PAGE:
Art & Ethics Talk lead by Art Historians Kate Morris and Mario A. Caro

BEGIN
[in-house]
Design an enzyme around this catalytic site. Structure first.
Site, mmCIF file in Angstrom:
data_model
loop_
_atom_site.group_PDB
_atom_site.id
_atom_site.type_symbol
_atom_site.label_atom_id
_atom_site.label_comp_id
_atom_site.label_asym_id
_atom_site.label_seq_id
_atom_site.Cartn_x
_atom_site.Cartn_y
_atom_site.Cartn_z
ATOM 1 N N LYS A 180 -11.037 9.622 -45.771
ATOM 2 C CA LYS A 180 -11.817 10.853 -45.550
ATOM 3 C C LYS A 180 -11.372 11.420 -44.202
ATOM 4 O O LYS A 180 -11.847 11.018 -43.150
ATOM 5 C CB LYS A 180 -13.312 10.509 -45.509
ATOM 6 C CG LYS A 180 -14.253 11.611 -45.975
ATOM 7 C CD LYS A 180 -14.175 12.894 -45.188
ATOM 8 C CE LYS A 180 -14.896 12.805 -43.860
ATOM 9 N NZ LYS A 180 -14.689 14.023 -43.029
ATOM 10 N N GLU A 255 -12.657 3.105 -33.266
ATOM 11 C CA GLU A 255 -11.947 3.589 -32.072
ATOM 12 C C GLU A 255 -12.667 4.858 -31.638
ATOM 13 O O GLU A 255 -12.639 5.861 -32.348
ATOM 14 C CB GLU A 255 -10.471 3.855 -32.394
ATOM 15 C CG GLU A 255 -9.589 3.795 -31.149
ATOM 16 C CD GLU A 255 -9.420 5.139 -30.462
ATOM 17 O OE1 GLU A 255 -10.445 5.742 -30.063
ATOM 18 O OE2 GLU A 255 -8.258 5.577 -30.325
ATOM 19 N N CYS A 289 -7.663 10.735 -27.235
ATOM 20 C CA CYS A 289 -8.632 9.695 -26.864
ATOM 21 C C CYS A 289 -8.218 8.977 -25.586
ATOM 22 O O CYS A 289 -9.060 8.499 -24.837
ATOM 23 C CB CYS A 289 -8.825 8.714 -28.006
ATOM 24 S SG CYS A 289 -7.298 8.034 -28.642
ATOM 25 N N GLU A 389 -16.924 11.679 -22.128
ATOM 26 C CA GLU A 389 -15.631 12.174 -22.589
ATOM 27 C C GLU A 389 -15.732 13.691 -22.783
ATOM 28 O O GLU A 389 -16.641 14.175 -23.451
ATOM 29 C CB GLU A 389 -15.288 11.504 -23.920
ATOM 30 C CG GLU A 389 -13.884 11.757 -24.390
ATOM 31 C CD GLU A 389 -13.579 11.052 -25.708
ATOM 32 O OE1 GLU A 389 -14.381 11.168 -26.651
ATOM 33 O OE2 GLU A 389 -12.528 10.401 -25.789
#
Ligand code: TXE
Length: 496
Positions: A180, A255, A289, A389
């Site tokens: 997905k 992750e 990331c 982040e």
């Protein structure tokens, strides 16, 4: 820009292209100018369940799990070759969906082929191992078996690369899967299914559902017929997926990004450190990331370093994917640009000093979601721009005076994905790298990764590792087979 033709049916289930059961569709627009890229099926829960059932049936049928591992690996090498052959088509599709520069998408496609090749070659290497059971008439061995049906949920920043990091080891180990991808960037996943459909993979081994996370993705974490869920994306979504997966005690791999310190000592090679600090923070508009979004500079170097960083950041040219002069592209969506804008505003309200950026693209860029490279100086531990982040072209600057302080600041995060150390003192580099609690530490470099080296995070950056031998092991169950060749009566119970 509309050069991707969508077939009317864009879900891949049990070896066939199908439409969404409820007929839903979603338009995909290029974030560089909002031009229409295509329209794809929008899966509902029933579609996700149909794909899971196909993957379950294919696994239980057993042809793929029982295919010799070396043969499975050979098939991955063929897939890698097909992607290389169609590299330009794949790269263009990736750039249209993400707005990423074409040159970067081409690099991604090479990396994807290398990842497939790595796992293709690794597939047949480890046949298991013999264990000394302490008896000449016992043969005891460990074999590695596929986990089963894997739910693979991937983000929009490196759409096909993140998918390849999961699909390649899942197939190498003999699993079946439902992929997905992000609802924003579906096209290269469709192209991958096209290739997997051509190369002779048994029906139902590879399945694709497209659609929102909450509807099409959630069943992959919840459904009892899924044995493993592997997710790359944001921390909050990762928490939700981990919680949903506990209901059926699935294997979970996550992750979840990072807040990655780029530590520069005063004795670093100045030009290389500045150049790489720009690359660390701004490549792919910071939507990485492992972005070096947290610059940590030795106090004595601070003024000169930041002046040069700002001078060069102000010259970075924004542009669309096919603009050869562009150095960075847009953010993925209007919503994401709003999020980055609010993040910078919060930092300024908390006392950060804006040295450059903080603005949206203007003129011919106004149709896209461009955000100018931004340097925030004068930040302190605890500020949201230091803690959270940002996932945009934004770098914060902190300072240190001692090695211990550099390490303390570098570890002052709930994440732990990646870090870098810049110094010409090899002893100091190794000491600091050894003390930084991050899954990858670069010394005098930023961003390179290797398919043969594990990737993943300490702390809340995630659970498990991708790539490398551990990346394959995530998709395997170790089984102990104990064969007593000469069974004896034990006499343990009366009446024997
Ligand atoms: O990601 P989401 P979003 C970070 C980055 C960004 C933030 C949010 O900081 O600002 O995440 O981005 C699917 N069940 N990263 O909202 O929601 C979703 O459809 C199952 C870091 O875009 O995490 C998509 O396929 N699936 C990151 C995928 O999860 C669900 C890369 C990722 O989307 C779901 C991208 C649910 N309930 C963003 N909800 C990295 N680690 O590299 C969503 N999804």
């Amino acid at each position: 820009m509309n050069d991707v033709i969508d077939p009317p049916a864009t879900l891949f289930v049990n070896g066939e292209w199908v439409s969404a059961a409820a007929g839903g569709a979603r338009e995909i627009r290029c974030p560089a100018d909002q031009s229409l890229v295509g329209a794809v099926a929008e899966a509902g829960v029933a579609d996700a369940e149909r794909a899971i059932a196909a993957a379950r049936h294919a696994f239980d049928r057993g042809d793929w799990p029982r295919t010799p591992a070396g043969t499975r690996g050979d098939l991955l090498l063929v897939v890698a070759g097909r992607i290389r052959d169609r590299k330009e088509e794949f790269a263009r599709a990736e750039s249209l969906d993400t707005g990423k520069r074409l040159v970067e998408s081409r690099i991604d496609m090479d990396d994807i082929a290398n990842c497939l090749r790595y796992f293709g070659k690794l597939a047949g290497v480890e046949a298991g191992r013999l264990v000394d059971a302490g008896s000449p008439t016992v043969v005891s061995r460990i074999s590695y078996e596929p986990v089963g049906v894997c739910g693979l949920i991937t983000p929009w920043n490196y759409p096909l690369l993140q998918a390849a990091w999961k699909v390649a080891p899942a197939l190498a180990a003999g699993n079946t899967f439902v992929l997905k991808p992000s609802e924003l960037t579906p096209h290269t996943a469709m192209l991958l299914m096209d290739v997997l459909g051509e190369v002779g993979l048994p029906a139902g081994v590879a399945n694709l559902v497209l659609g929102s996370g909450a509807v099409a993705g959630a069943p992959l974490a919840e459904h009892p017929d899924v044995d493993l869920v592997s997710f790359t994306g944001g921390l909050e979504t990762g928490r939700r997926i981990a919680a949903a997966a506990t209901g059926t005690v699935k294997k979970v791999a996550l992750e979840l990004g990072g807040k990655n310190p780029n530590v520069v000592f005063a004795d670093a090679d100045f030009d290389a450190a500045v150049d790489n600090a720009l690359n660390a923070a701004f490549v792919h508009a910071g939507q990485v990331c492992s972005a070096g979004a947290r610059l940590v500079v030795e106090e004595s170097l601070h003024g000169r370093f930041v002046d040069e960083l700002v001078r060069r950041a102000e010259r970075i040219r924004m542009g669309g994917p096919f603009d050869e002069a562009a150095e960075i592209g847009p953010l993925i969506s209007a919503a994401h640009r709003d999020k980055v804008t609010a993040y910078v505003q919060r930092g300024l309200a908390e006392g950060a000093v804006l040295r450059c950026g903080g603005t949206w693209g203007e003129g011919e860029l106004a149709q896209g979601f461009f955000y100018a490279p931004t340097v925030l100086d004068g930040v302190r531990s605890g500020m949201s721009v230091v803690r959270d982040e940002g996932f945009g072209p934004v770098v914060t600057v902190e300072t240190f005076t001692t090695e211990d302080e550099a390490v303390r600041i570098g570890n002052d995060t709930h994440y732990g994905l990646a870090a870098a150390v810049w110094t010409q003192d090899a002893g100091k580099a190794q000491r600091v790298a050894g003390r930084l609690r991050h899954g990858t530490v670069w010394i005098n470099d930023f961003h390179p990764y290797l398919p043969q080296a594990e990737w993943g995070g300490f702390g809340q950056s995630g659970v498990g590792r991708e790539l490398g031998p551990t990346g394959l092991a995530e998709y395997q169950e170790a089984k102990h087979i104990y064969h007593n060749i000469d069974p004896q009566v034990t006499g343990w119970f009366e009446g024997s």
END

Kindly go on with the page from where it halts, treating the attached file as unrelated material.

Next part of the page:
This week launched a vibrant new lecture series on campus, a series treating "Art and Ethics," which will run through the spring quarter. This week, a standing-room only crowd heard Kate Morris and Mario A. Caro discussed “Native American Art: Ethics, Cultural Patrimony, and Cultural Appropriation.” Professor Morris provided an introduction of the implications of “sovereignty” for Native American nations and their relations with the United States. Professor Caro followed with a broad overview of the various practices and institutions that engage in the appropriation of Native imagery and examined instances in which Native people have taken control of the production and dissemination of their own images. Professor Morris then presented a case study involving Jimmie Durham, a contemporary artist who has had a very successful career but whose claims to being Cherokee have been challenged by the Cherokee Nation itself, leading to extensive fallout within the contemporary art world, and beyond.This controversy raises many complex ethical issues to do with the roles of governments, institutions, artists, and scholars in determining who claims a Native identity, which led to a lively question and answer session. The Markkula Center for Applied Ethics and the Art and Art History Department co-sponsored this thought-provoking event. We're looking forward to more exciting discussions, collaboratively produced by Markkula, Art and Art History, and Classics.